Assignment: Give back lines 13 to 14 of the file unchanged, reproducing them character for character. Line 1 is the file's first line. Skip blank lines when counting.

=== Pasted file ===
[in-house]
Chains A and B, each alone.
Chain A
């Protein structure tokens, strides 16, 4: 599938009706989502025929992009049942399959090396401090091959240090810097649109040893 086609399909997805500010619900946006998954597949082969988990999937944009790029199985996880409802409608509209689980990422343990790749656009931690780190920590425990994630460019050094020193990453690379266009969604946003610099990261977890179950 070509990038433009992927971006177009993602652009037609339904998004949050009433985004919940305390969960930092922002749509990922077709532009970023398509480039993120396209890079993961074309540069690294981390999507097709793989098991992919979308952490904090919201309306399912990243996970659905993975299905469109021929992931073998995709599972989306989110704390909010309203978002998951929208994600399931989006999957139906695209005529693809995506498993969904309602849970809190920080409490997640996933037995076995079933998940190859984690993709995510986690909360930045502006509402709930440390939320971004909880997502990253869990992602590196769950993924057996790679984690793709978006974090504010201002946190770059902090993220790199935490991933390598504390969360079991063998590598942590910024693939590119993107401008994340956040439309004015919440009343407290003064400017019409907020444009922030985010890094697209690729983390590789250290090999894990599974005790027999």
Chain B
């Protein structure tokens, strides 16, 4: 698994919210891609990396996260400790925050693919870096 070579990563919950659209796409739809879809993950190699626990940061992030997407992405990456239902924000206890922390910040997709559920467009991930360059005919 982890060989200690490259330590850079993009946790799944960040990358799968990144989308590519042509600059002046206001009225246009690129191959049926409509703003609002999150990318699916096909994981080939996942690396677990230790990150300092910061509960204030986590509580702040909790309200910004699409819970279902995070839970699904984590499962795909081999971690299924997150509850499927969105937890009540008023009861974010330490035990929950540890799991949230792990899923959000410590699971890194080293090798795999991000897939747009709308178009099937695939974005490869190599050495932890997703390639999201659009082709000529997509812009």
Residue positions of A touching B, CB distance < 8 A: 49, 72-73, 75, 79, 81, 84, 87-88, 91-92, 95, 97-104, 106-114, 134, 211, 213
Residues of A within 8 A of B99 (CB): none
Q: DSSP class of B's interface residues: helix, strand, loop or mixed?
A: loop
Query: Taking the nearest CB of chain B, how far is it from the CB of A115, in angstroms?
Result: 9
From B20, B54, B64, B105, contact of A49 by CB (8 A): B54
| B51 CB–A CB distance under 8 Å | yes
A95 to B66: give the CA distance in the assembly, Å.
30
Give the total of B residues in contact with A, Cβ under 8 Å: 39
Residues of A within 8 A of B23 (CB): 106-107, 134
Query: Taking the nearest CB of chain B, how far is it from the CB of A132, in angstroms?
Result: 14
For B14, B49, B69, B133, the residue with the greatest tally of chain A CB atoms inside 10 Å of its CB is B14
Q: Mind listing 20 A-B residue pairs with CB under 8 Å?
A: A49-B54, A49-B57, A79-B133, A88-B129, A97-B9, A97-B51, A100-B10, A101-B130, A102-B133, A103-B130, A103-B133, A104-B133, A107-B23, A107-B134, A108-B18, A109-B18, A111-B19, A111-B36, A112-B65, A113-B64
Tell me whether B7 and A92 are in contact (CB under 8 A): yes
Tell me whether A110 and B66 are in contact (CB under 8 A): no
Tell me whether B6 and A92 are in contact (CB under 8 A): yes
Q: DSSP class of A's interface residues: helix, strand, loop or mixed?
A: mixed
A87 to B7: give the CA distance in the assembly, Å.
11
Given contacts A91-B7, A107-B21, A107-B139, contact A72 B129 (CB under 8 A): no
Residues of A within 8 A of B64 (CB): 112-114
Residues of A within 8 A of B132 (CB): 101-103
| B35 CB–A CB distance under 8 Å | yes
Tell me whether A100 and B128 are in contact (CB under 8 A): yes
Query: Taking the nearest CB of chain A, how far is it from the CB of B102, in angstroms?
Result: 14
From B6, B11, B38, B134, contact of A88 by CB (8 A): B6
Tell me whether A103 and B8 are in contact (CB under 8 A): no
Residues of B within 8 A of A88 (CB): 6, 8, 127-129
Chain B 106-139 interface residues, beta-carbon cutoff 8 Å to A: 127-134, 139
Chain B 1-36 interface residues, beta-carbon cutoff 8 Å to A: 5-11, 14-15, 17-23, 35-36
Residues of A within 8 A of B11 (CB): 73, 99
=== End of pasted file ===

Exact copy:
From B20, B54, B64, B105, contact of A49 by CB (8 A): B54
| B51 CB–A CB distance under 8 Å | yes